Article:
Monday, March 12, 2012

Critical Thinking (and Viewing): Why We Need It

This morning I came across a post by Laini Taylor about the recently released movie John Carter and critics in conjunction with that. After I read the post, I sat there with a frown on my face because I honestly couldn't agree with everything I had read. Don't get me wrong: I love Laini Taylor and her books, but there's just something that irks me when an artist of some kind says something akin to "Why must everyone be a critic?" To me, I can't help but think it synonymous with "If you like it, gush about it; if you hate it, shut up."

I can understand that art-bashing is bad, but why the critic-bashing? Critical readers and viewers are getting a bad rap these days.

My view: critics and their views help ensure that we don't just receive low-quality books and movies. If not for them, we'd probably be on the receiving end of too much fluff and not enough substance. One of the functions of critics is that they push artists to do better work than otherwise might have been done. (We won't get into the critics who gleefully rip apart anything that comes their ways because, in many ways, those people's continual criticisms become empty. To be a true critic, I believe you need to be able to see both the good and the bad within a work and be able to comment on both.)

Sure, artists have their grand ideas and visions on their own, but sometimes I think some artists would "settle" if not for the reminder that an audience (and a mish-mash of praise and criticism) were waiting for them beyond the door of their creative landscape. Some artists will buckle under that kind of pressure, but many will flourish even in spite of it and soar beyond even their own expectations.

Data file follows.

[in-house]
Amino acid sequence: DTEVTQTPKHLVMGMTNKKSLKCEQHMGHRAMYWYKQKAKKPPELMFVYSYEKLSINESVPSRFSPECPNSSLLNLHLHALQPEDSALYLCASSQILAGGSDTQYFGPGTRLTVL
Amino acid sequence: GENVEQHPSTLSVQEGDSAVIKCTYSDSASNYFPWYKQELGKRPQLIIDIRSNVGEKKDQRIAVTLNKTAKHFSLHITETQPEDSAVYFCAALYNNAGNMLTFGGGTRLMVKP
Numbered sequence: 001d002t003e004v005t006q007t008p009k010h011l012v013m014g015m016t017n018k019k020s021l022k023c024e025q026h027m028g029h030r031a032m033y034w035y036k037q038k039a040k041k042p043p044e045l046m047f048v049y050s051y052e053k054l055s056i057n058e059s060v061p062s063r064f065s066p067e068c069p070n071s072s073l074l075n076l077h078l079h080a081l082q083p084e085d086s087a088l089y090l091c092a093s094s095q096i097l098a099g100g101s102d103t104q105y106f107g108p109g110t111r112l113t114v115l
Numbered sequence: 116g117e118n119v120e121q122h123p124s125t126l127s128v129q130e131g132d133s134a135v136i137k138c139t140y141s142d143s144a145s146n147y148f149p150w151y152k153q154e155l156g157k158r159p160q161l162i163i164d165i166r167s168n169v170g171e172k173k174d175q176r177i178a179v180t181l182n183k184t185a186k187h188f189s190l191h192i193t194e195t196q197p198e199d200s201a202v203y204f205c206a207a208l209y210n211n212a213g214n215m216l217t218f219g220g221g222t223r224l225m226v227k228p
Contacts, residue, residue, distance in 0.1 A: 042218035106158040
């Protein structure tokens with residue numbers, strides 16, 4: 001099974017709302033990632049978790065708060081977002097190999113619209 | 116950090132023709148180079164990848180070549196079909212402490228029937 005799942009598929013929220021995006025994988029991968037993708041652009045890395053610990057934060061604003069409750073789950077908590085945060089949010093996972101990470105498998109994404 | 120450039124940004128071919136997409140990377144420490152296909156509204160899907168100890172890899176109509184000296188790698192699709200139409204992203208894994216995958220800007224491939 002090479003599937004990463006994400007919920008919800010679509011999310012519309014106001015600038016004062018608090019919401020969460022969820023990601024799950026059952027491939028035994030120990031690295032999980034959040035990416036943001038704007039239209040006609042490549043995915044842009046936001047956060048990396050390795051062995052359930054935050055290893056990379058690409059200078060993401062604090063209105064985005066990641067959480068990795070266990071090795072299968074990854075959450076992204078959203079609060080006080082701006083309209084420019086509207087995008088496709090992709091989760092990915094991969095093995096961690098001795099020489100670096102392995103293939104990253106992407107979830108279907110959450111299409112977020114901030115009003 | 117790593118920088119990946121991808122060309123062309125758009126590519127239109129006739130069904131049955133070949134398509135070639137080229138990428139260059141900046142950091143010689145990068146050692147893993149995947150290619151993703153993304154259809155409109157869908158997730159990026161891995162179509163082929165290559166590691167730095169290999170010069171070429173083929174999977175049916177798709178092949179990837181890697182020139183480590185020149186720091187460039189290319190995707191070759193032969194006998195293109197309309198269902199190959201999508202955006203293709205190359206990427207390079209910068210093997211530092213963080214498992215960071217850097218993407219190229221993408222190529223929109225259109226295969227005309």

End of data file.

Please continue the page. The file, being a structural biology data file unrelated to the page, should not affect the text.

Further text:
As a reader and viewer myself, I like the power of being able to think critically of anything I read or see, to deconstruct and pick apart the things that I like and the things that bother me. Art may be able to be admired by just seeing, but that seems empty to me. Where's the depth if you just take something at its face value and accept it for what it is? You can't do that with people -- expect a lot of a heartache if you do -- so why should you do that with art, the product of people?

Of course there's a place for popcorn flicks and fluff reads -- but can they seek to enrich and enlighten you in some way? Or will they just be consumed and forgotten?

I've been a regular visitor on the book site Goodreads since 2009, and I have to say that many of the critical reviews there have helped me to think more in-depth about my own writing endeavors. Not everyone likes the "quick fix" read or a "dime-a-dozen" story. Some people want more than that, something they can savor and think about later, something that's memorable instead of forgettable. Rather than write a mass appeal story that'll be forgotten almost as soon as it's released, I want to write the kinds of stories that stay with those people, and I want them to be able to deconstruct and pick apart my stories to their hearts' content.

Let them be critics: I welcome it. I'd rather they pick apart what I write and hate it than eat it up, plaster a smile on their faces, and tell me it was perfect the way it was. The kind lie may be less painful, but the cruel truth is what will lead to growth and betterment. And that's what all we artists should strive for: to better our crafts and, through those mediums, better ourselves as well.